SAN JOSE -- He was the prodigious guitar player and songwriter, winning music competitions and performing in cafes like a seasoned bluesman.
Pretty good for someone barely eligible for a driver's license.
That his star was just beginning to rise -- both in music and life -- made it especially tough for family, friends, and his Lincoln High School community to absorb the news that 16-year-old Donae James Johnican had been killed by a train Tuesday.
Lincoln Principal Matt Hewitson remembered Donae as "super-musical kid and a beloved member of our music family," writing songs while playing guitar and bass.
"In his music teacher's words 'he was everybody's friend.' He will be missed deeply," he wrote in a school email.
The high school junior died around 4 p.m. Tuesday near Virginia Street when he was hit by a passenger train on Caltrain tracks. Why he was on the tracks remains under investigation; the transit agency said he was near, but not on, a pedestrian crossing. The Santa Clara County Medical Examiner's Office ruled the death was an accident.
Just last month, Donae won a first-place music award in the "Schoolin' the Schools Media Contest" held by Silicon Valley De-Bug, a media, social-advocacy and business collective based in San Jose. "Hard Lessons," which he wrote and composed as a self-taught guitar player, tackled the social and economic hardships that keep youth from graduating high school.
"It's not always the kid's fault. There are other factors that make it so they don't cross the stage," Donae said in a video interview for his award.
Shamako Donae Noble remembered his nephew as a driven instrumentalist determined to learn how to play every instrument in his songs. As a seventh grader, Donae picked up a guitar, and within a year was playing by ear.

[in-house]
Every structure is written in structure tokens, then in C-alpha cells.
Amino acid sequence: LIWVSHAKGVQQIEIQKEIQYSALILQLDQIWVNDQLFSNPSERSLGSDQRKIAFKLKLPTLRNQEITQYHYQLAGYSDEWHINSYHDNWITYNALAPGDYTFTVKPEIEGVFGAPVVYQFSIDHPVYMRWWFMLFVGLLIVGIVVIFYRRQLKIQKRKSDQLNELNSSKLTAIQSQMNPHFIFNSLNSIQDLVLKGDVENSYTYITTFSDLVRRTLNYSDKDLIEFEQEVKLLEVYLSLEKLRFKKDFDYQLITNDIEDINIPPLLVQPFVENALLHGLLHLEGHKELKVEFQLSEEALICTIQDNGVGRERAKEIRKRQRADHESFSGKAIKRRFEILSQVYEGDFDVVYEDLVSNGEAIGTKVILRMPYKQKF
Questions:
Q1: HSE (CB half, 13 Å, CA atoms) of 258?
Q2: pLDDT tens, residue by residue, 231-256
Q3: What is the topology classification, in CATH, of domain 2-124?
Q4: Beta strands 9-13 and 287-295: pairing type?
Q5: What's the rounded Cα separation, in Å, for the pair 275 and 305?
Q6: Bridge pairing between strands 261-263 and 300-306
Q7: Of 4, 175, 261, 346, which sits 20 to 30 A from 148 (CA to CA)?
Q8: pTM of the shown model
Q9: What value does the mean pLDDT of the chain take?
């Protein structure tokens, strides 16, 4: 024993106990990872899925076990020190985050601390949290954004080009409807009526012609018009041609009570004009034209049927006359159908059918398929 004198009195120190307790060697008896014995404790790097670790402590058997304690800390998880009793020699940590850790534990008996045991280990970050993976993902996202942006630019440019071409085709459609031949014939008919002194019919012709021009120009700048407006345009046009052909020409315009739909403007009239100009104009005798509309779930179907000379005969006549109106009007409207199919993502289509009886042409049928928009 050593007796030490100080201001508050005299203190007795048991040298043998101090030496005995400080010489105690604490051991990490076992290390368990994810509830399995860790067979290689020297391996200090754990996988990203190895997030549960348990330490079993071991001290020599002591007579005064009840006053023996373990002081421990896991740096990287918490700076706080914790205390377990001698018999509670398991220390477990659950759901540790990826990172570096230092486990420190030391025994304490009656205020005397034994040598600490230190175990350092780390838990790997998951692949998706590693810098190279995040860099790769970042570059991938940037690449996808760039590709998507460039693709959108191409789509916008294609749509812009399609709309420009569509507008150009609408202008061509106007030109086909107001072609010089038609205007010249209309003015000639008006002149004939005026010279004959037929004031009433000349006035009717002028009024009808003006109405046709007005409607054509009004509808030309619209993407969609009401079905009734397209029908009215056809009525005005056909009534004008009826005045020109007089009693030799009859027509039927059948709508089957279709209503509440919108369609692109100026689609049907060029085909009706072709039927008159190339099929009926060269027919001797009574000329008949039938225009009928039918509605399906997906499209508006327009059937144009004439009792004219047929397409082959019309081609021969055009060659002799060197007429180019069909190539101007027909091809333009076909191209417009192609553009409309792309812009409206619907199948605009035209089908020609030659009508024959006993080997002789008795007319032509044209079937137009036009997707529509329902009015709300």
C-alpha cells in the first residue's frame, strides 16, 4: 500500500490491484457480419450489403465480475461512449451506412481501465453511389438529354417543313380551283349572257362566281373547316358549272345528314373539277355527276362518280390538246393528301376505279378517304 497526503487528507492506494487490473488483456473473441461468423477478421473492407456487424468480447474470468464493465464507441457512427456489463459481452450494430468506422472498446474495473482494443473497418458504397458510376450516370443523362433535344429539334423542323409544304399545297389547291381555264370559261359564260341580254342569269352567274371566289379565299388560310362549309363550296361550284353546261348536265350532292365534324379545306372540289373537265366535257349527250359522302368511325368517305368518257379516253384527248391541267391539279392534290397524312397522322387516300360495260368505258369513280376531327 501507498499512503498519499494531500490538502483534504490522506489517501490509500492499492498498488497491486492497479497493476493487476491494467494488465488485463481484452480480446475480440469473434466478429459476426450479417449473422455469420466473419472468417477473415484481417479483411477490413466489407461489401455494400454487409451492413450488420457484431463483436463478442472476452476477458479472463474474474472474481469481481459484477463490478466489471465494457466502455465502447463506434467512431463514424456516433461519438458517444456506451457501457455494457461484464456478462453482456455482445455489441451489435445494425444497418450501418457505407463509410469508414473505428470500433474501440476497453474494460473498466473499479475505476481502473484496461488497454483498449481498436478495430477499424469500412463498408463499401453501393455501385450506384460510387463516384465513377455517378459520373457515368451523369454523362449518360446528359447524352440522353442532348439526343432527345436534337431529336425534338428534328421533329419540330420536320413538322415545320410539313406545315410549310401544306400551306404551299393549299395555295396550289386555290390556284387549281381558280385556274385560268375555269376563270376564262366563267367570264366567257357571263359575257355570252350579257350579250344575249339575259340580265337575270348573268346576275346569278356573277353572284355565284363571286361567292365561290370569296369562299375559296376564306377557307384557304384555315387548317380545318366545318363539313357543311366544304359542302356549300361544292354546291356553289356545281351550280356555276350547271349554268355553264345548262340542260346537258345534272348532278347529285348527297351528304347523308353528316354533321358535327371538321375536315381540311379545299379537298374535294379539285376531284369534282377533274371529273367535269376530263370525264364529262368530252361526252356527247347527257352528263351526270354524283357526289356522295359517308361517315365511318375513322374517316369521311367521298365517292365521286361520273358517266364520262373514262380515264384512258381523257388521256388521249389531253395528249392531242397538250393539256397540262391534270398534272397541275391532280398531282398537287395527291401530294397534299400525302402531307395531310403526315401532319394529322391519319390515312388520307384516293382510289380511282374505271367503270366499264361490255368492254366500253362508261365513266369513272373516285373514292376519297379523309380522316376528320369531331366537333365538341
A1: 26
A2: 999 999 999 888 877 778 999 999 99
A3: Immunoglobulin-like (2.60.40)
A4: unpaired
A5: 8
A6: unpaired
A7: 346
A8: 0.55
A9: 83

"He listened to 'Ain't No Sunshine,' and he just started playing it," said Noble, also a musician. "He was like 14. He was a prodigy."
And the teen's goal to play multiple instruments in the mold of Prince or Ben Folds wasn't beyond reach, Noble said.
"It wasn't a pie-in-the-sky thing," he said. "I completely believe he was going to do it."
From that point the uncle would take Donae to open-mike nights, particularly Caffe Trieste in downtown San Jose. As he juggled school and music, Donae doted on his family. He lived with his mother, grandmother and 11-year-old brother.
"He really took care of everybody," Noble said. "He was easy to fall in love with. He didn't like much drama. He could be quiet and to himself, then sometimes he was the life of the party."
And for a 16-year-old just barely scratching at his potential, Donae looked to music not just as a form of art but as a calling to effect change, evidenced in the themes of "Hard Lessons."
"Music can change the world," he said in his award video. "All you need is the right song."
A vigil for Donae will be held at 6 p.m. Thursday at the offices of Silicon Valley De-Bug, 701 Lenzen Ave. in San Jose, north of West Julian Street.
Contact Robert Salonga at 408-920-5002. Follow him at Twitter.com/robertsalonga.